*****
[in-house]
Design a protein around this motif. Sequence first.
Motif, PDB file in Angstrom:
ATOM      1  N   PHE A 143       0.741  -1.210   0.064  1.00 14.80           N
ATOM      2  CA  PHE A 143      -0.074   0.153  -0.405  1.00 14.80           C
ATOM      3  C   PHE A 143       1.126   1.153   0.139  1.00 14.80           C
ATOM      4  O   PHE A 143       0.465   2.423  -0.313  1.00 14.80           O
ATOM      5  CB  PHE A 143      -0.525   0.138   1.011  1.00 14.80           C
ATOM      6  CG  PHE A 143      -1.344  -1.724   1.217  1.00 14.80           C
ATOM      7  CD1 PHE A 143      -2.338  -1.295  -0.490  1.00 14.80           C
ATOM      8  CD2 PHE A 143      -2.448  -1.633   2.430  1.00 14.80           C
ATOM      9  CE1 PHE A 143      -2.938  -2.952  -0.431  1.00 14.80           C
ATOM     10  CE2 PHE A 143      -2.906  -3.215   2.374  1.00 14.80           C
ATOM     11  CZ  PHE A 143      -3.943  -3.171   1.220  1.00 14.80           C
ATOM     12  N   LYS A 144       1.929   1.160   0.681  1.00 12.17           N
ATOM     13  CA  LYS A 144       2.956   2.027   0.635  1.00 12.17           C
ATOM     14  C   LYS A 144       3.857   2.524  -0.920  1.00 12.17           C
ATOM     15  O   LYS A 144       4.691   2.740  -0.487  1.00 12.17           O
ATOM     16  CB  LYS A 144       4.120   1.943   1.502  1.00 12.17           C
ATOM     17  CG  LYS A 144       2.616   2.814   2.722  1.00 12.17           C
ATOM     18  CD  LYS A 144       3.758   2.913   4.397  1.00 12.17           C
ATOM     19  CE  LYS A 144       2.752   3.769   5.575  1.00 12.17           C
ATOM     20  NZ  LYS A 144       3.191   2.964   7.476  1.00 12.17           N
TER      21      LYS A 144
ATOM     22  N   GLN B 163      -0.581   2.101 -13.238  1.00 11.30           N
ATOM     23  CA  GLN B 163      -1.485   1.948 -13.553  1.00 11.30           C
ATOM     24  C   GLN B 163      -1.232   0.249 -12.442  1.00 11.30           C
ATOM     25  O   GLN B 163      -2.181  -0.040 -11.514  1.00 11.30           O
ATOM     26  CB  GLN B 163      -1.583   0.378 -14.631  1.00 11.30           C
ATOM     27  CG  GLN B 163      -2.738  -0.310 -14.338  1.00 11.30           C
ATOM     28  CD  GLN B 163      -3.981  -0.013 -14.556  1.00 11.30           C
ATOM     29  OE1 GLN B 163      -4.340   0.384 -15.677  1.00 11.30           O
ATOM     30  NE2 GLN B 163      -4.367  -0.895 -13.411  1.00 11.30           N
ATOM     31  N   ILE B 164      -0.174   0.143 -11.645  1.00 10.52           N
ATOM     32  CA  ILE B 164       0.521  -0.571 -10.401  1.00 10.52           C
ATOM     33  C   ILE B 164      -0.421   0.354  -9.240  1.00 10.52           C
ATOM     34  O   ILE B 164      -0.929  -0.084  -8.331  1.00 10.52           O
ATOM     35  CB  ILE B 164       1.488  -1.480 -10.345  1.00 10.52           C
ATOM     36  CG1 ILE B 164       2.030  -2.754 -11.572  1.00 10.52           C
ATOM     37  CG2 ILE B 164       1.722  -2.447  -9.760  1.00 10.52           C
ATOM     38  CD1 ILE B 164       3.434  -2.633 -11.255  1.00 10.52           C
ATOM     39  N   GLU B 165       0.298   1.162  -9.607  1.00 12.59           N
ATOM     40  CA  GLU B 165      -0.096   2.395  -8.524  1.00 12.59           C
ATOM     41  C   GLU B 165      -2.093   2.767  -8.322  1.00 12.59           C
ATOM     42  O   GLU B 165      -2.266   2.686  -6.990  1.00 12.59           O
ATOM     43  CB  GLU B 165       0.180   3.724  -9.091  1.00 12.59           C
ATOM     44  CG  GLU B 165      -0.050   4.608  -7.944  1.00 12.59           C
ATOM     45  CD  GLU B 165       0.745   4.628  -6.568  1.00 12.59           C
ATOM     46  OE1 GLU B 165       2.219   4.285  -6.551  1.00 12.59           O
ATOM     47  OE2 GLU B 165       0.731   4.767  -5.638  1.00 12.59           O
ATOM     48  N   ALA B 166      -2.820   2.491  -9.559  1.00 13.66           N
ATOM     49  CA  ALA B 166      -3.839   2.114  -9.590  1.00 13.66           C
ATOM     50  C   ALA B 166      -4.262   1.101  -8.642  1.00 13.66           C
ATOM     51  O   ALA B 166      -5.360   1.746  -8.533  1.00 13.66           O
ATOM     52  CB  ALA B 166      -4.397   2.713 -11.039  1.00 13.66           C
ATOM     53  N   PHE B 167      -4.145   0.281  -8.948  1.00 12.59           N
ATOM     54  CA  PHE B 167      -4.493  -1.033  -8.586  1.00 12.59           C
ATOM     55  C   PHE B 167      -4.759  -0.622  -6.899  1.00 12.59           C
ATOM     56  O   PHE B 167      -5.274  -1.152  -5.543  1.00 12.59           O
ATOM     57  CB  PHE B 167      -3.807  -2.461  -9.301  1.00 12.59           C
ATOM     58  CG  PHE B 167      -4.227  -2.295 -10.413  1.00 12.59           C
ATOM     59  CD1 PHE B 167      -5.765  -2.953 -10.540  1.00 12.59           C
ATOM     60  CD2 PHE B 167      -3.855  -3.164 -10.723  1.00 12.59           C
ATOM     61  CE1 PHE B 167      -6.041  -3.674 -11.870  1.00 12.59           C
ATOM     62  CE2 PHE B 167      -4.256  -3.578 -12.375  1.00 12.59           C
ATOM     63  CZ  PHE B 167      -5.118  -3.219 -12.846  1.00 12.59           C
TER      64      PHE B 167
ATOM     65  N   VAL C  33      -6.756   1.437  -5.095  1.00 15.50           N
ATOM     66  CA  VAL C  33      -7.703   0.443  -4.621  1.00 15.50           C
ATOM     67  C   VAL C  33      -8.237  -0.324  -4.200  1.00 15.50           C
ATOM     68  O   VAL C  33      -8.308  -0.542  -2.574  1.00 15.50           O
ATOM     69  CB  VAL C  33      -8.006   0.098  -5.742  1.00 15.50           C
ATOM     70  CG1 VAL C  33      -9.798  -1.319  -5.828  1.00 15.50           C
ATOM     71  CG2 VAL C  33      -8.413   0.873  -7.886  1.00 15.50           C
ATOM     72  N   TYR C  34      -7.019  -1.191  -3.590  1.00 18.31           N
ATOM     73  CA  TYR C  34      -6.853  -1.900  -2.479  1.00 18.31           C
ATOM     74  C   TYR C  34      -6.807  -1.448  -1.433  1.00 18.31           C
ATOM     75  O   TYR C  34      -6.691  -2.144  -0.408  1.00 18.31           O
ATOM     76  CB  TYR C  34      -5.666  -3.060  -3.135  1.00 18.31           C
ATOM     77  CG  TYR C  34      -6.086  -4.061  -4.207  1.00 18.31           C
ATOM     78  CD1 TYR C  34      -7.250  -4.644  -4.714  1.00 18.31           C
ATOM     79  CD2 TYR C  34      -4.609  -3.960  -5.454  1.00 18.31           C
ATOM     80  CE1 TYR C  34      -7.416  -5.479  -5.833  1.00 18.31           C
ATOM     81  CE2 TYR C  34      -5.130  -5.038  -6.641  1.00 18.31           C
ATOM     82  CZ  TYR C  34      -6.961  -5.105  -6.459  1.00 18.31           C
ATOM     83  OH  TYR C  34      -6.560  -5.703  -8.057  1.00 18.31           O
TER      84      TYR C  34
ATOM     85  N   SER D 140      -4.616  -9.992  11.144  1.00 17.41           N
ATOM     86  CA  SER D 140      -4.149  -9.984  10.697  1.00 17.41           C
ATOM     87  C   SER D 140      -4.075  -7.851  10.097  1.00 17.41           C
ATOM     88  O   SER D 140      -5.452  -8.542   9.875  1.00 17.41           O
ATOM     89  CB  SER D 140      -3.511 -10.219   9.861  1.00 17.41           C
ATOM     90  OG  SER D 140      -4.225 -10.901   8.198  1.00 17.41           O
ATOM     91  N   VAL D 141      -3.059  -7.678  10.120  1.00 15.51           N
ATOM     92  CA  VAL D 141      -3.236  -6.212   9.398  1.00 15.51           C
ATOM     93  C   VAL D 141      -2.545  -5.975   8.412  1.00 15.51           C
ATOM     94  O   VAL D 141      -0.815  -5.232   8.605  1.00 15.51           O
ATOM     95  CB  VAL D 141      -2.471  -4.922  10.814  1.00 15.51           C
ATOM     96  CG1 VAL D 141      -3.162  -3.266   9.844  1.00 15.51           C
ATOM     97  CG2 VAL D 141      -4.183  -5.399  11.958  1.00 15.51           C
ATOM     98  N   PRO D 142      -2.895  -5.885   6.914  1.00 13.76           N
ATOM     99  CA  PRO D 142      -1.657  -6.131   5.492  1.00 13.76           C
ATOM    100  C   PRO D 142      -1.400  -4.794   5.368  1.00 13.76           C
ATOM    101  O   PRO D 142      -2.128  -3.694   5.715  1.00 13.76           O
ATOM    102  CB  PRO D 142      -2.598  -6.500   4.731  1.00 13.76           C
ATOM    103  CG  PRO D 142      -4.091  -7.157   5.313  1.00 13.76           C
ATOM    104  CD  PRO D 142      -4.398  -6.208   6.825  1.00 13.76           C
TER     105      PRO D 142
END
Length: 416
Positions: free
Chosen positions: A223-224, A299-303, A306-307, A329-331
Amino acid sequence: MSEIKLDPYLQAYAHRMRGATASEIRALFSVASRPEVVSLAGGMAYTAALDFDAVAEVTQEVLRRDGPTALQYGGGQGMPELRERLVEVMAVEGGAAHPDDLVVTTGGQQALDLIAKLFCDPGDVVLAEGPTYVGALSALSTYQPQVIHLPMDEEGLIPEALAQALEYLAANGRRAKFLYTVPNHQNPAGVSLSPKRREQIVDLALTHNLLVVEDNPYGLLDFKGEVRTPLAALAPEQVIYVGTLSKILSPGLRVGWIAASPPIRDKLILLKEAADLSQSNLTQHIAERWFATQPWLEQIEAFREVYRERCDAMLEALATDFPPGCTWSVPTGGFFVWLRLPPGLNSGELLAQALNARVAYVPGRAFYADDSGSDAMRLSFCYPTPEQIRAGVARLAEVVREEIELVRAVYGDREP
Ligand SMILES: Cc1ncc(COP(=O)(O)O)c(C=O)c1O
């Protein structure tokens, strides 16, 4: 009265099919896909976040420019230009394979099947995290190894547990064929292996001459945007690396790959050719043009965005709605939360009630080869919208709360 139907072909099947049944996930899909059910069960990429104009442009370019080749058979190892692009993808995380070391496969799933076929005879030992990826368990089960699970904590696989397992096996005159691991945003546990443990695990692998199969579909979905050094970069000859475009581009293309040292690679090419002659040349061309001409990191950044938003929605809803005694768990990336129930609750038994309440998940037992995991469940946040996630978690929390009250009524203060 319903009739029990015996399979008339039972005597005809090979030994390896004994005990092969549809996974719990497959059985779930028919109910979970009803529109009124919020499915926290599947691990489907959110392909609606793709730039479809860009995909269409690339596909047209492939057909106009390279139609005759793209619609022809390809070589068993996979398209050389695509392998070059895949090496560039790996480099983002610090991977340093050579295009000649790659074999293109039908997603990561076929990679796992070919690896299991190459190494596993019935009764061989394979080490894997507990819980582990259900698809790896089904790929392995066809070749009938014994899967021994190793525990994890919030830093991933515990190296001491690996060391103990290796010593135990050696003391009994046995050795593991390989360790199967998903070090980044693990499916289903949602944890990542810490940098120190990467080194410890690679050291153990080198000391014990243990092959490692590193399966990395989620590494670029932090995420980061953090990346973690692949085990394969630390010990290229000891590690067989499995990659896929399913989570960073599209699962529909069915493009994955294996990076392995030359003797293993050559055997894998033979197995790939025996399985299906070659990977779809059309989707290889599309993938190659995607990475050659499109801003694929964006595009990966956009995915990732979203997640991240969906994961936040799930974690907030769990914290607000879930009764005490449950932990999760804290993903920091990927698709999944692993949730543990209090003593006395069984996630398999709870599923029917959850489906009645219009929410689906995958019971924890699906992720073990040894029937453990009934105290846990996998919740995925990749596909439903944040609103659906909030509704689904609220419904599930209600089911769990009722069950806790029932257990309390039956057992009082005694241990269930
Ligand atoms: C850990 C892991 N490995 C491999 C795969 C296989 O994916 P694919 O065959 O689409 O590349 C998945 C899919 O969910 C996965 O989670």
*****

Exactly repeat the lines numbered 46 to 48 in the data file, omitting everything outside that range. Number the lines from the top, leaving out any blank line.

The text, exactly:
ATOM     43  CB  GLU B 165       0.180   3.724  -9.091  1.00 12.59           C
ATOM     44  CG  GLU B 165      -0.050   4.608  -7.944  1.00 12.59           C
ATOM     45  CD  GLU B 165       0.745   4.628  -6.568  1.00 12.59           C